The Storm That Lit Fires

a story
2013-06-03 15:17:05,
2017-09-23 11:08:37
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“No… I can’t do that.”
A shaky, young Lucas Merriweather Buford sat, doing his accounts, in his office within Buford Automaton Company in Astam Junction, Antiford. He erased numbers from a few columns and tapped the pencil on his chin.
The goal was to balance the numbers such that nobody needed to be laid off or take a pay cut. He “creatively” funnelled funds from the rather profitable toy and doll company, Auto-Marie, which his company owned. He cut his own pay. He borrowed against the future. Nothing seemed to quite balance.
Being at the top of an industry doesn’t translate to money earned if your product is too niche. There hadn’t been much in the way of frivolous spenders or dangerous industries coming to place a new order is some months. The market for mechanical men was tough, simply because nobody yet believed they needed an automaton. 
Not except the government. The Technocrats always seemed eager to show off their technological might to the world by buying and using another predictable, shiny robot. Lucas was certainly of two minds that the government he disliked were most often what kept his business afloat. He needed their business. It wasn’t a comfortable situation.
Lucas’s mind wandered to his stressors. He was frustrated that he only owned one outfit nice enough to attend business summits and other networking events with. The lack of support from the scientific community on his advancements stressed him out. Phinneus Cromwell constantly grieved him, upstaging his technical abilities and questioning his loyalty to the Order of the Badger—their group of subversive patriots fighting against the Technocrats in power.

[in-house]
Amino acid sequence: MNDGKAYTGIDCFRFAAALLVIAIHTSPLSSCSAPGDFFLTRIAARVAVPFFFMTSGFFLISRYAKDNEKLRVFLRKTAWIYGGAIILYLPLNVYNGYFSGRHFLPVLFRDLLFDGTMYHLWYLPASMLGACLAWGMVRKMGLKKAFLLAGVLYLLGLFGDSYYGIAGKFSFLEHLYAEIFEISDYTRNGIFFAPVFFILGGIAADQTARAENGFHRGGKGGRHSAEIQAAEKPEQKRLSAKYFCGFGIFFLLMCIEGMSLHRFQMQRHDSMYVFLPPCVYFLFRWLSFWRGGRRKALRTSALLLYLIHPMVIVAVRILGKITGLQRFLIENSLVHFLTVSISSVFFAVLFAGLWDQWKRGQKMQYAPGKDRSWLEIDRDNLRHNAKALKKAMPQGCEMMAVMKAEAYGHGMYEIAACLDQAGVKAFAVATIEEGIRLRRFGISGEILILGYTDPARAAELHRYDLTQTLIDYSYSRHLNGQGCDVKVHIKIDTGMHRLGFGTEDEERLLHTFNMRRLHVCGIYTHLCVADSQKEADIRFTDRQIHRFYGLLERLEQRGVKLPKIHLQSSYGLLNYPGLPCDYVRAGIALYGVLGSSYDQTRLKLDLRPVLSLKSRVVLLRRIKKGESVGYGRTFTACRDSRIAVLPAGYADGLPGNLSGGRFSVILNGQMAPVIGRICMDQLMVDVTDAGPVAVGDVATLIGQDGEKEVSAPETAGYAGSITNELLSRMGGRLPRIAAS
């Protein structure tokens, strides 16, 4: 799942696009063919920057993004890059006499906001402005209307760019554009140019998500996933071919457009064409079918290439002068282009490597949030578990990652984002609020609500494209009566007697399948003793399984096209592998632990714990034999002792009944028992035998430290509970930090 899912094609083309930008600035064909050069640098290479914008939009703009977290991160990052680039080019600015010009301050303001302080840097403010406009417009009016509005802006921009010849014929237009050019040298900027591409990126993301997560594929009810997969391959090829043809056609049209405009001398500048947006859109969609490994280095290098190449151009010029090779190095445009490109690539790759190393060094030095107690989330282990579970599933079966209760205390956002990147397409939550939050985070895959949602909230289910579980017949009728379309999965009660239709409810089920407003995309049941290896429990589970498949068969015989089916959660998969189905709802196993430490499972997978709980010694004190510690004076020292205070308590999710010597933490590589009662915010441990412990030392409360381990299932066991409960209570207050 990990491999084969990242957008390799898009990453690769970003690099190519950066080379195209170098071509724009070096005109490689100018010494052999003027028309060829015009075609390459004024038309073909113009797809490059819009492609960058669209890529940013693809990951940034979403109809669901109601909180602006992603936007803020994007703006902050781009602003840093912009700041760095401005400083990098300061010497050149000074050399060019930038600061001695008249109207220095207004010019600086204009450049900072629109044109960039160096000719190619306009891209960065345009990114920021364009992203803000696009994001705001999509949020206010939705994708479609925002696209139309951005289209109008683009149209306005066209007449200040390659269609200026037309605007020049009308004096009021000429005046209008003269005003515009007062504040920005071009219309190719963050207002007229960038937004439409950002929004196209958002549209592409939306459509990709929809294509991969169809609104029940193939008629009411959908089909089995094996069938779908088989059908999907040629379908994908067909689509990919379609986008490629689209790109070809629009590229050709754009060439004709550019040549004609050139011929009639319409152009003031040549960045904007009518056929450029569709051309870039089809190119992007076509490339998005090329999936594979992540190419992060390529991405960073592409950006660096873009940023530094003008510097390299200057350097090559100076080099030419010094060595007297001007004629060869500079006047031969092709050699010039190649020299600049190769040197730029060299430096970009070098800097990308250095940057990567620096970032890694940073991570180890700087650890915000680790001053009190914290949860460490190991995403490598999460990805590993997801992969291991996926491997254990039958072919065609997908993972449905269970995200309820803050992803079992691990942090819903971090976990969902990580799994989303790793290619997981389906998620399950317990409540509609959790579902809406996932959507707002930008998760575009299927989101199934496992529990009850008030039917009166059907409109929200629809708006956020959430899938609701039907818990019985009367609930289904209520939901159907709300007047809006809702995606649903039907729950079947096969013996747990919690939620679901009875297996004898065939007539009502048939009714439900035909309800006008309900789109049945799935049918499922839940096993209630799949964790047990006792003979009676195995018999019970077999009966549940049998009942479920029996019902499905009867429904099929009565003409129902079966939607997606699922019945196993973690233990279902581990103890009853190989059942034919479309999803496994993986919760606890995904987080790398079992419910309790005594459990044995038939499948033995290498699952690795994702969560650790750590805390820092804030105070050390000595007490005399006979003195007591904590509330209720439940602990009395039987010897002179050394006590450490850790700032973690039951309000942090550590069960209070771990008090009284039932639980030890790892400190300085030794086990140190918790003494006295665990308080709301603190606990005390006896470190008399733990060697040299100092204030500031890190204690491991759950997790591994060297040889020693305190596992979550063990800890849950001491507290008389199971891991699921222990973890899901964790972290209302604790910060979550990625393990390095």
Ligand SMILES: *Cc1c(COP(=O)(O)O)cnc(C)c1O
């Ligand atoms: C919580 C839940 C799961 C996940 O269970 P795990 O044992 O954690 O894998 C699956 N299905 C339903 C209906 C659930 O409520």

Lucas put his pencil down and rubbed his forehead. He looked down to his pocket watch. I shouldn’t be focusing on this right now.
The door opened and a young woman poked her head in. “Sir, your guests have arrived.”
“Thank you, Stacey. Could you… maybe we can stall them five minutes?” he said.
“I’ll try, sir. No promises. They’re… pushy.”
He put the books into one of the drawers of his desk and tidied up a workspace on another desk. He could really let the place get messy, but today he needed to keep it presentable. He was expecting his best customer to arrive.
He fiddled with the adjustments on his mechanical arm, the right one. He attempted to look relaxed in his chair, which was far enough away from the desk as to look comfortable, but not far enough away to look odd. He hoped.
There were two knocks on the door and Stacey opened the door. Following her were a tall woman and slightly hunched “gentleman”.
The woman stuck her hand out firmly. “Mr. Buford, I presume?”
“And you must be, Ms. Lavashire?”
They shook exactly two, weighty times. Her movements were as precise and restrictive as her outfit. 
She could pass for a general with a few ribbons and a hat, Lucas thought.
She gestured toward her compatriot. “And this is—”